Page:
Today we moved into Torres del Paine National Park. This in itself took a whole day of walking through the pristine wilderness of Tierra del Fuego. Once again, we set up our base camp (after obtaining our permit) and decided to call it a night, as all of us are exhausted from our day long trek.
The landscape of the park is dominated by the Paine massif, located approximately 10 miles from our camp. These granite spires are the southeastern spur of the Andes and they rise, seemingly out of nowhere, looming over the Patagonian steppe.
Early the next morning, we set out for another day of adventure. Not far from where we were making camp, one of our group spots a bunch of Calceolaria darwinii. This plant really doesn’t have a common name, but it is amazingly beautiful, with vibrant colors and shapes. When we move from behind the bit of rock face behind which we camped (to get out of the wind), the vegetation turns back to scrub bush, moss, lichens, and other short grasses. The wind is still out in full force, rushing into our ears like a jet engine. We saw some more guanaco, a very common animal in these parts, again. And, once again, we see tell tale signs of puma, but not the animal itself. This time, we see large padded paw-prints in the mud around a water hole. Nothing else could leave such huge prints. We moved our camp closer to the mountains and decided to call it a night. as some of us had a big day coming up.
After eating a hearty breakfast, the climbers get ready. It is two in the morning. Me and a group of qualified climbers (when I can find a climbing wall near me, whoo, get ready!) are preparing to ascend the Cerro Paine Grande today and the Torre Sur, the next. We prepare our climbing gear and head out to the foot of the mountain. The climb begins. We are prepared with our climbing gear and a few days worth of food. We planned this to be a quick Alpine ascent, without any bivouacs (camps) on the mountain. I lead (hey, this is my virtual trip!) the group. Everyone is climbing very well, efficiently moving through the granite pillars and ice fields. We must have come just on the right day, as there are no clouds surrounding us, rare indeed. “Rocks!” I call out. A number of baseball size rocks come whizzing down the slope, filling our heads with a strange, eerie music. After a couple of seconds, the downpour seems to have abated, and we move on. There is not much snow, as this is summer, the only time to climb such a mountain. It reaches 3,050 m in elevation. Morning arrives. A red sun rises over the horizon. This is the most beautiful and moving sunrise I have seen in my life. Everybody in camp must be stirring and watching us through the telescope. We get to the crux of the climb: a pillar that connects us to the last ice field. Each member of our party climbs it beautifully: I drive pitons into the ice and climb up a few feet, put in a carabiner, and move. This is how we move, yard by yard, food by foot. Finally, we move to the final ice field, the ridge and make our way to the summit. We reach it at approximately 11 am. We spend around an hour at the summit, basking in our accomplishment. One doesn’t really conquer mountains, the mountain just allows you to scamper up it for a brief time, but during that time period, we can revel. All around us, the Patagonian step is laid out beautifully. A more amazing sight we have not yet seen on our trip. After taking photos of the panorama and the summit squad, we begin to downclimb, using our previously placed pitons we make good time. We make it all the way down without any injuries at all. A very successful climb (as all virtual climbs should be).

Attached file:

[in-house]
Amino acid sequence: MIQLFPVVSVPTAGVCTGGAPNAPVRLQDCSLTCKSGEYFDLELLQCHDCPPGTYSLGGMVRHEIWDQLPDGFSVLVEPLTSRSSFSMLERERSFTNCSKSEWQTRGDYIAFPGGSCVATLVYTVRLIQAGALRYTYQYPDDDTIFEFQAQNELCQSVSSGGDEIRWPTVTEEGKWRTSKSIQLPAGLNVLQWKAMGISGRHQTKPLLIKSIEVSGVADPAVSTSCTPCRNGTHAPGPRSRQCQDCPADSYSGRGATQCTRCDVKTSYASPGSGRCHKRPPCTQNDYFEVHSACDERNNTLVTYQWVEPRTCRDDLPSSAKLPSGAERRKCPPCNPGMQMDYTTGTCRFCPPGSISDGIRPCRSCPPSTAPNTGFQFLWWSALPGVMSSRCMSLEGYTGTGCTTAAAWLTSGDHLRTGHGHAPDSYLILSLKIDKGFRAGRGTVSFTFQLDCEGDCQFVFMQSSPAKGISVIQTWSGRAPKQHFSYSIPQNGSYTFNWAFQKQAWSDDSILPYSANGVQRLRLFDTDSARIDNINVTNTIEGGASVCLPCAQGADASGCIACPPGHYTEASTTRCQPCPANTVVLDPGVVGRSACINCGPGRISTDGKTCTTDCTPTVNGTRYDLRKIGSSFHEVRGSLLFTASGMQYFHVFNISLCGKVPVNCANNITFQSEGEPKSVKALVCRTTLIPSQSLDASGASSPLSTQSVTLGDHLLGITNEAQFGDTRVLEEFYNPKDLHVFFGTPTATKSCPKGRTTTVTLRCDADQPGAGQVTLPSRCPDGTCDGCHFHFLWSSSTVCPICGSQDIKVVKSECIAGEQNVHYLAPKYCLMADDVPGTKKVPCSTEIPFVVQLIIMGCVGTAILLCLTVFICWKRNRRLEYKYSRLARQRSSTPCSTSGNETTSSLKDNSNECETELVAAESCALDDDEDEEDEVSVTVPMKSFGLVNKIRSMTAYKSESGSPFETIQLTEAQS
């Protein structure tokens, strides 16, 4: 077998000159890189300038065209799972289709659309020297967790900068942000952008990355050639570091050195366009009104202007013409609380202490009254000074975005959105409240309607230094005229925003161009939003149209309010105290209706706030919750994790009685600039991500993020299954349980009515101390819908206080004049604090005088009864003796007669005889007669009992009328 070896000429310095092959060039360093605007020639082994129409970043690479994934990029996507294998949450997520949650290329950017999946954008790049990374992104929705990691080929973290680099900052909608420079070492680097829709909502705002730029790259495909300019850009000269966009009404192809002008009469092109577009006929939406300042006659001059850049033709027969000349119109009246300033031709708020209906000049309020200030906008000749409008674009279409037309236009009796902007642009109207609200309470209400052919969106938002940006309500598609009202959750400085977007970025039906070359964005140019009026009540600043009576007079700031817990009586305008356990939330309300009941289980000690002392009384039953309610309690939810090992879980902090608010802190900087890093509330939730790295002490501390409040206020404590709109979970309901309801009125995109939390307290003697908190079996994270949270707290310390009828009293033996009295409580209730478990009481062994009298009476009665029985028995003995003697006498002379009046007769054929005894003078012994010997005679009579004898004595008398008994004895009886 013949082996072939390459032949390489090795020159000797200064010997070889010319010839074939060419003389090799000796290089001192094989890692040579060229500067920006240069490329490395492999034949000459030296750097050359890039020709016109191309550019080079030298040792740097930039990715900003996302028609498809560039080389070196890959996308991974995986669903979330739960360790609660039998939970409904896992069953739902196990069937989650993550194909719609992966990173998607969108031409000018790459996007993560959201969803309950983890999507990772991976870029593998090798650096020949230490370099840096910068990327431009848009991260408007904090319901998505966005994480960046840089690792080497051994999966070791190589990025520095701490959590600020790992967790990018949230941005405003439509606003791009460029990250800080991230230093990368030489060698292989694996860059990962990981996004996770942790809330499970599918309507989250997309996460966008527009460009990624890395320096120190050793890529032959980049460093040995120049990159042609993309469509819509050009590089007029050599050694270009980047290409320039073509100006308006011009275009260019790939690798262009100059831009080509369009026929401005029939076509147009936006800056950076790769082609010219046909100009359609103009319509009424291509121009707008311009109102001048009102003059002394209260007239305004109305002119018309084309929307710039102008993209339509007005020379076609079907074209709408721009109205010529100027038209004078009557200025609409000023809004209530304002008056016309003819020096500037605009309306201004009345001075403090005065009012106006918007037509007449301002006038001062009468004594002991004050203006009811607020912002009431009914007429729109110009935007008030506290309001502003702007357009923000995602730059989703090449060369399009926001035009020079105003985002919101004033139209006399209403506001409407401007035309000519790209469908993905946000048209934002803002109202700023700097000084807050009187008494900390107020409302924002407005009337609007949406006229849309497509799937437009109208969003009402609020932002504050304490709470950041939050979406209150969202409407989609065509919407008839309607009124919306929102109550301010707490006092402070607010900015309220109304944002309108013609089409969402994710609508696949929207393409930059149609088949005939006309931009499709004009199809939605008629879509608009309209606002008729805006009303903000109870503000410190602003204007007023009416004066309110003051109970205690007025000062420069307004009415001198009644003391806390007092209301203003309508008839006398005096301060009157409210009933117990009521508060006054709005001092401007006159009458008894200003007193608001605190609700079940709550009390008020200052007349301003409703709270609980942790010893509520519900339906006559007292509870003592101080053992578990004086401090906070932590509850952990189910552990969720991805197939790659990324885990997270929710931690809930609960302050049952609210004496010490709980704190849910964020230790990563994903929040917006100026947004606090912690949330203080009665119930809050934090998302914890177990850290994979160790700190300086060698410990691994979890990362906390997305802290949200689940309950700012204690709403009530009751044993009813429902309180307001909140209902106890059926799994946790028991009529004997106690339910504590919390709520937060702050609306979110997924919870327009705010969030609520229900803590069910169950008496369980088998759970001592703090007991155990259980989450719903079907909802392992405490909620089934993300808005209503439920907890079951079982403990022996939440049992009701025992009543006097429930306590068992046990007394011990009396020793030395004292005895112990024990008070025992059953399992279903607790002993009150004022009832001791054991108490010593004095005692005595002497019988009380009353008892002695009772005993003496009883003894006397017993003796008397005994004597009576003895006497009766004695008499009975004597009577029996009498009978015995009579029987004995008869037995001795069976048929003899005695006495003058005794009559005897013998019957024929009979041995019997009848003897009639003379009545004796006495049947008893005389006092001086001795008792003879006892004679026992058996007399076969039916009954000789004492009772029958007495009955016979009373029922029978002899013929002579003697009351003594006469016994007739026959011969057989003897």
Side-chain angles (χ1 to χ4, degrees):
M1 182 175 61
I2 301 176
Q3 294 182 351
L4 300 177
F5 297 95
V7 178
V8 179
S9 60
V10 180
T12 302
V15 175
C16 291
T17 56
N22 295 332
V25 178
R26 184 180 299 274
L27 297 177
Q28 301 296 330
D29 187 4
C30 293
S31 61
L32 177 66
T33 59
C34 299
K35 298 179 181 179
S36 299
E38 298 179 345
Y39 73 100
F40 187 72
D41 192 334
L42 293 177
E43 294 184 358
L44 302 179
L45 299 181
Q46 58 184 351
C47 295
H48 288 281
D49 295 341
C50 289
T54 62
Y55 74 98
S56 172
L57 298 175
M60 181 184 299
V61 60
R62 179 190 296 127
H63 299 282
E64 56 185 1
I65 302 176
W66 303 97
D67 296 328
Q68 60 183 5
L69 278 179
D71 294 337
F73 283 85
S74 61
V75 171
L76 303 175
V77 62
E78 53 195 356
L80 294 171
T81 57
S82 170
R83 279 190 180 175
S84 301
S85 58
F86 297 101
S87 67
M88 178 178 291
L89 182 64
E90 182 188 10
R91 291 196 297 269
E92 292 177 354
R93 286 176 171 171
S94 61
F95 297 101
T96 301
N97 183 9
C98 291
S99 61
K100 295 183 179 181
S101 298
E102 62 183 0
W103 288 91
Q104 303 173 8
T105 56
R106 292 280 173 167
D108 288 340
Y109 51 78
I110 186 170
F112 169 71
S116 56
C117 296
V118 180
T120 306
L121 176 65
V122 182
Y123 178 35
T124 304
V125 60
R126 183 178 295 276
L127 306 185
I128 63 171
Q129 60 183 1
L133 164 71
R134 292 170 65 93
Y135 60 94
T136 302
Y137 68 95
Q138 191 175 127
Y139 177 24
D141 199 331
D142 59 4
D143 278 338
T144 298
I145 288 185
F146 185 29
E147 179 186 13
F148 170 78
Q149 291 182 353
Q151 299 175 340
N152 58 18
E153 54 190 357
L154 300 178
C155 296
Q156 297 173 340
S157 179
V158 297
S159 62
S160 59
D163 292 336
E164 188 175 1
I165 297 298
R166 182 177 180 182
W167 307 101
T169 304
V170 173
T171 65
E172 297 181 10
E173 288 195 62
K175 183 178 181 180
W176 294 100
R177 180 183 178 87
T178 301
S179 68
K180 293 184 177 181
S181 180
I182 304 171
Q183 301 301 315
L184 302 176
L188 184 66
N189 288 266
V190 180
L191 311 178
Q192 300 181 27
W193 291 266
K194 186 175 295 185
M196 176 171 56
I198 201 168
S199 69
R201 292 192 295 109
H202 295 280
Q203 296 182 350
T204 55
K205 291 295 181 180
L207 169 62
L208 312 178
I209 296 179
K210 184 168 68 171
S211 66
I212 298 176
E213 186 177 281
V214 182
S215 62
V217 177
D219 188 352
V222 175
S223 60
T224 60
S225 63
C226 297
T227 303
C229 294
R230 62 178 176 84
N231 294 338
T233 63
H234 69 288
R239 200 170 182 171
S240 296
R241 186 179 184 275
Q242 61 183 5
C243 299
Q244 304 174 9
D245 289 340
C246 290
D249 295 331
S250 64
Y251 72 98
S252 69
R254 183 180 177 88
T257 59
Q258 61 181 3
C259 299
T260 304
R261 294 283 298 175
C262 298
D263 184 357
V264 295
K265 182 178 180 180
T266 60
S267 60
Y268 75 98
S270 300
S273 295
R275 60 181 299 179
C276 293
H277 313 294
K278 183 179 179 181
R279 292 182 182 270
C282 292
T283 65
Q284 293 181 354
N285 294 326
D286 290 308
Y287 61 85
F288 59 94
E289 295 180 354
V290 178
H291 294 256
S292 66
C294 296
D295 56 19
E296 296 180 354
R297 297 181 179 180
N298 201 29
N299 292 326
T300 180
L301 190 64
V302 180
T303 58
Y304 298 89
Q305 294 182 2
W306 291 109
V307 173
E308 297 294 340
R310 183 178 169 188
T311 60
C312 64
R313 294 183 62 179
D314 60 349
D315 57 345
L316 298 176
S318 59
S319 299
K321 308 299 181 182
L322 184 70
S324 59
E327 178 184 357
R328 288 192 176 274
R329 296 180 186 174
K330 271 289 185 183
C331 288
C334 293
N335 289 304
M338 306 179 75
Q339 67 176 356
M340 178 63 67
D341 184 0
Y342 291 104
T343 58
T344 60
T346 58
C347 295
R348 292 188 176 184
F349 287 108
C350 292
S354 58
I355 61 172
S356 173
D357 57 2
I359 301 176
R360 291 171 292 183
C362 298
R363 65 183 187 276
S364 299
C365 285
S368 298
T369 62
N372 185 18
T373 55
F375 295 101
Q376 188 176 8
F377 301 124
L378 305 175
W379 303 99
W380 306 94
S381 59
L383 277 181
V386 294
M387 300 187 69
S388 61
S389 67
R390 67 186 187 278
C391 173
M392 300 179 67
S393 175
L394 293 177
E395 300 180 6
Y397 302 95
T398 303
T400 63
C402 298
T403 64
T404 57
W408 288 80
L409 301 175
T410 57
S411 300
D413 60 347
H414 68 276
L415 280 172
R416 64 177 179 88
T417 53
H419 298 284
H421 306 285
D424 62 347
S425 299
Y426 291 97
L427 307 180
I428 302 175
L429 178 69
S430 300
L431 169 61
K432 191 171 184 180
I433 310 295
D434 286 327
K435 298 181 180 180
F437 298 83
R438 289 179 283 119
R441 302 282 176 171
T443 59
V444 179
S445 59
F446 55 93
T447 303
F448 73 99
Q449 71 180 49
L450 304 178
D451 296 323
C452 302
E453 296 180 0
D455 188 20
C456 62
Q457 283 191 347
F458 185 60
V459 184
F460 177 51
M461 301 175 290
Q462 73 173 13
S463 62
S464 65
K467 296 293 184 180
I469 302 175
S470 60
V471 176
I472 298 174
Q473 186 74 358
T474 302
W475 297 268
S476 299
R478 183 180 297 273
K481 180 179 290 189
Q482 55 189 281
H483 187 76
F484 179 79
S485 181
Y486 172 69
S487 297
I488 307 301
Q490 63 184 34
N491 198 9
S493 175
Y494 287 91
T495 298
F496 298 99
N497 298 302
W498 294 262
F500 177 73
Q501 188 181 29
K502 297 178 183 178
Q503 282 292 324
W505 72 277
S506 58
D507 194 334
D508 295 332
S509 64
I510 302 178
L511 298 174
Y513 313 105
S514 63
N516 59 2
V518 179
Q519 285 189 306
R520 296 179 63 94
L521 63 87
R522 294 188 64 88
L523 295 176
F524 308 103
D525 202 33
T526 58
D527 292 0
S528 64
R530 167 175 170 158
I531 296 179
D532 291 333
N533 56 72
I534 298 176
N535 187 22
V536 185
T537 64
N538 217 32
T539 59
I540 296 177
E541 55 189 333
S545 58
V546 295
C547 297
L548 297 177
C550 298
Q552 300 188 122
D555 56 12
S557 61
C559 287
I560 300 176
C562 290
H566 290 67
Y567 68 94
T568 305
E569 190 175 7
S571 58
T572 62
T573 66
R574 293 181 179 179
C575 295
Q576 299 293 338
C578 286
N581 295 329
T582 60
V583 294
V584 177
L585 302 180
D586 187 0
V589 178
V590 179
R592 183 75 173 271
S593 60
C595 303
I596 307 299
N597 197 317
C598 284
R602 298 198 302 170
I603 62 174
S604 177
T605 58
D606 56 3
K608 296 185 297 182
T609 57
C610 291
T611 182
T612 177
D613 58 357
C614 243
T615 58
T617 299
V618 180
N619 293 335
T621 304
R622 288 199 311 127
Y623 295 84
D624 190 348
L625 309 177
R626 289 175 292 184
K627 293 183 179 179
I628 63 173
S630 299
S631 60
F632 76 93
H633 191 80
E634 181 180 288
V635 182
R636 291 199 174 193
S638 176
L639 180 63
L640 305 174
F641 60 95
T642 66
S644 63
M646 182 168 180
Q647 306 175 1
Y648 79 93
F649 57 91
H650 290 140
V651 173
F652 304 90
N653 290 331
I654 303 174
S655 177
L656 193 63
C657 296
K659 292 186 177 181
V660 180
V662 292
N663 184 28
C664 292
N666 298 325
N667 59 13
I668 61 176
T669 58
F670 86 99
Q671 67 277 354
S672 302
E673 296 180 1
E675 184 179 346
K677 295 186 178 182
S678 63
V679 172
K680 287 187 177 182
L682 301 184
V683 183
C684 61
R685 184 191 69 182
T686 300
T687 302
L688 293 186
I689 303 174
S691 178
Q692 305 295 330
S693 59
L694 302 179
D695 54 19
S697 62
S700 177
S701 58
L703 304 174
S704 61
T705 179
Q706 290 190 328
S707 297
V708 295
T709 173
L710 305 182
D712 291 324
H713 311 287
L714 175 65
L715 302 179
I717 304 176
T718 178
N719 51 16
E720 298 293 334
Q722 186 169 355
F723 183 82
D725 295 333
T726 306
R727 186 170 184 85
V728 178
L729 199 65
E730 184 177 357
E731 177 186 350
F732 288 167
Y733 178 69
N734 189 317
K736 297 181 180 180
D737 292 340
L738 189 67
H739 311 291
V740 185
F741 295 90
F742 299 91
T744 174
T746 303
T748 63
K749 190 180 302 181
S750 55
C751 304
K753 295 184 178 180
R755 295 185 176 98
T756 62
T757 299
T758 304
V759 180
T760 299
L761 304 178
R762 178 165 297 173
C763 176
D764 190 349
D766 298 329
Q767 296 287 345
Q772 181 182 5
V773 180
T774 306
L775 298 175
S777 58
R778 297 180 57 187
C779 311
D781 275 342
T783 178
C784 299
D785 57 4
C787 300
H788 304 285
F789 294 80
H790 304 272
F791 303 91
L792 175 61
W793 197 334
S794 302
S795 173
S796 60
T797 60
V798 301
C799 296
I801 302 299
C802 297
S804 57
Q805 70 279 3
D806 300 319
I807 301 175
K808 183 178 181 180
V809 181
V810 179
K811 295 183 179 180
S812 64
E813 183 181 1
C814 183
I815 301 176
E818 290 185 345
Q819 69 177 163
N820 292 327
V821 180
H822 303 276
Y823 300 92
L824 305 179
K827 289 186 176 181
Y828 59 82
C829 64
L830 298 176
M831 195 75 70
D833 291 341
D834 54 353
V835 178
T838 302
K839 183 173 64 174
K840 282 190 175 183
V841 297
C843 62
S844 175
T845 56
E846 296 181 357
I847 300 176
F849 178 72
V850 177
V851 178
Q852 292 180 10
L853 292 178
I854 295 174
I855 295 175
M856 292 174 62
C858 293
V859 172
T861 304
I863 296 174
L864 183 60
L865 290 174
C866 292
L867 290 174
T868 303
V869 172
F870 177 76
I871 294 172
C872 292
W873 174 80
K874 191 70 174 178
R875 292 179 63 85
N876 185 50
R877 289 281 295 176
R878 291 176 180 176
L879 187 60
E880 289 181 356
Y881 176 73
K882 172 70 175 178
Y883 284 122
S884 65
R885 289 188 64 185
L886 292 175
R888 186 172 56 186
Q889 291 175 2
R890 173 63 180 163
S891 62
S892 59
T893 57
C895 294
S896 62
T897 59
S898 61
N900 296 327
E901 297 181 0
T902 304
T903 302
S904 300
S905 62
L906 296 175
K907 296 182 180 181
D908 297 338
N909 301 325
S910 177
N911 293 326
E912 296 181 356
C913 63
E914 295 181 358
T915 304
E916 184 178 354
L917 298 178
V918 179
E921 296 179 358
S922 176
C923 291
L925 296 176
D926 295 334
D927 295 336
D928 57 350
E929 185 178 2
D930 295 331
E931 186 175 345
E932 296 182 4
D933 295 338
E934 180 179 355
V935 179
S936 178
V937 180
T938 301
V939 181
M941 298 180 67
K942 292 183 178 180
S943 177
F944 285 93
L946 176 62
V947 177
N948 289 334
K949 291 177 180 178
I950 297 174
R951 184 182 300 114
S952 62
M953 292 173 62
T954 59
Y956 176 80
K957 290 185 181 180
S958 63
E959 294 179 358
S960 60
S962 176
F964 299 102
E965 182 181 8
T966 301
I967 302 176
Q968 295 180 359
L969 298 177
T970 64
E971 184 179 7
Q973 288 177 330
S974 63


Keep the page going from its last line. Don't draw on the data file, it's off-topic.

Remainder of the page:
After a night and a full day of rest, we made our way to Torre Sur, the highest of the well known and widely photographed granite spurs of the Cordillera del Paine. It stands at 2,500 m., a pure granite pinnacle. Little snow can lay atop it because of its steepness. This one involves much more technical rock climbing, so we will be making a bivouac half-way up. Once again, we begin the climb. We decided to use the direct Hoth route up to the summit. Rock fall here is a huge problem and soon enough we see rocks cascading over our heads. Here we are protected by a ledge, but I shudder to think of what will happen atop the rock. We finally reach the ledge after a number of semi-difficult climbing moves. The granite here is amazing and perfect for climbing. Even the hellish wind seems to have died down for our ascent. We make it to the half way mark and after a harrowing night, we move on. Today, the rocks are back in full force. Eventually, the unfortunate event we all dreaded occurred. A falling rock drilled into the arm of one of our team. I can hear the blood pounding in my ears. He falls off the rock face, almost in slow motion. Fortunately, the next man on our rope was standing right next to one of the pitons which I put in. It held and so did our man. The injured member slowly moved to a safer position a few feet up. After moving town towards him standing on a small edge, we realize that it is not broken, but instead, just badly bruised. Not wanting to annoy us, he says that he will move on. Mountaineers have an unwritten code and here is no place to worry or bother anyone with relatively trivial injuries. We of course would be willing to go down if the pain was too bad, but he claimed that he was fine. Moving on, we finally gained the sumit at two o’clock. The view was wonderful, perhaps not quite as spectacular as atop the Cerro Paine Grande, but still magical in its own light. We finally moved down after photos and congratulations all around and arrived safely at the foot of the mountain during the evening. We radioed back to camp that we will be spending the night, as we do not want to cross the crevasse riddled glacier in the fading light. After camping at the foot of the Torre Sur, we move across the glacier slowly, not wanting to die after such a successful climb. Moulins, holes in the glacier created by flowing water, and crevasses could swallow a person up without any problem, never again to see the light of day. After a few hours moving across the labyrinth of the glacier, we make it back to camp, where a hot meal and congratulations bid us welcome. A great couple of days in the Torres del Paine without a doubt.